We aim to prevent or minimise negative environmental effects as much as possible. And so we help to protect nature and commit to promoting biodiversity and sustainable forestry. One way in which we do this is by factoring in biodiversity aspects in our location planning and the development of our buildings. We have improved biodiversity around our buildings by making wildlife provisions. Meanwhile, all our sorting centres meet the BREAAM sustainability requirements and our focus on reducing carbon, NOx and particulate matter also helps to reduce the negative impact on biodiversity. And we only use FSC-certified products to help call a halt to deforestation.

Circularity and waste processing

To reduce our environmental footprint and do our bit for the transition to a sustainable, circular economy, we are committed to sustainable use of raw materials. That is to say that we try not to use raw materials wherever we can and, if we must, to reduce their consumption whenever possible – restricting emissions and waste in the process. At our international sorting centre in The Hague, for instance, we use reusable roll container bags, saving some 12 kilometres in sealing foil every day. And for our customers we collect materials such as textiles and electronic waste for recycling.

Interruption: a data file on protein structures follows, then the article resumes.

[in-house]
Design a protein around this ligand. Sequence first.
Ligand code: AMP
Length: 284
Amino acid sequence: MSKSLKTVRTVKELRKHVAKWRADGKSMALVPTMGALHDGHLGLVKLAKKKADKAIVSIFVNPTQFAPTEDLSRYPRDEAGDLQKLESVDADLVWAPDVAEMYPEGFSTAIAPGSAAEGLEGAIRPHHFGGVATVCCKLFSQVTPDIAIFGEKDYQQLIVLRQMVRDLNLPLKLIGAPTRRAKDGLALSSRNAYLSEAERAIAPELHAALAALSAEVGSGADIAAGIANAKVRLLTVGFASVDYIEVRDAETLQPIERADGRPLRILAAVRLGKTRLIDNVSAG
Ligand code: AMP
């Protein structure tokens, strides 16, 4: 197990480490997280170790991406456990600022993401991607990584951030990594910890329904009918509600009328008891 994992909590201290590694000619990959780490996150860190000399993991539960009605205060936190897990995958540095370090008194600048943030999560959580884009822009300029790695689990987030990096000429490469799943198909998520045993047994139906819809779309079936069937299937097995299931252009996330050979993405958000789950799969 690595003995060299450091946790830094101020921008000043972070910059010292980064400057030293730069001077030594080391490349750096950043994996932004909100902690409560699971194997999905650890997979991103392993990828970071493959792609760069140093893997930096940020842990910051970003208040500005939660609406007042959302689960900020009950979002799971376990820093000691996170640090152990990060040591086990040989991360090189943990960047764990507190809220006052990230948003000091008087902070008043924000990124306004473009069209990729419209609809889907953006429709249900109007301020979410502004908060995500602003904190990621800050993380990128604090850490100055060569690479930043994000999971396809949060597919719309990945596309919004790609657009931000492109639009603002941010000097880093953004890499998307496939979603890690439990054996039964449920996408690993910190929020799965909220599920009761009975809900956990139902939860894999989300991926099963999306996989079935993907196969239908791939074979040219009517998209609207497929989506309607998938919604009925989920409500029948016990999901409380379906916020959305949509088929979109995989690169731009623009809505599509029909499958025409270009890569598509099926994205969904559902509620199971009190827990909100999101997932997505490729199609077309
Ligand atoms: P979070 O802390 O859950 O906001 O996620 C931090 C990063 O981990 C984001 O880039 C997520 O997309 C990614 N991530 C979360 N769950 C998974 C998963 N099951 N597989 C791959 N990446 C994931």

Our aim is to achieve full cradle-to-cradle reuse of raw materials, but unfortunately some waste flows are still inevitable at this point in time. The biggest of them – that of paper and cardboard – is fully recycled, while we’re processing 1,725 tonnes of material to energy recovery. Which leaves us with a small category of 460 tonnes of building, demolition and residual waste. We have no information on how our waste processor has dealt with this.

Waste processing method (x 1,000kg)20202021
Processed for energy generation1,6091,725

External recognition

Accountability about our performance is very important to us, and we actively seek certification on the basis of stringent ISO quality and environmental standards. Every year, we also report on our sustainability progress in our annual report.

Emission-free deliveries in the last mile

Emission-free deliveries in the last mile

  • Sustainable logistics
  • Network efficiency
  • Sustainable packaging
  • Sustainable buildings
  • Sustainable fuels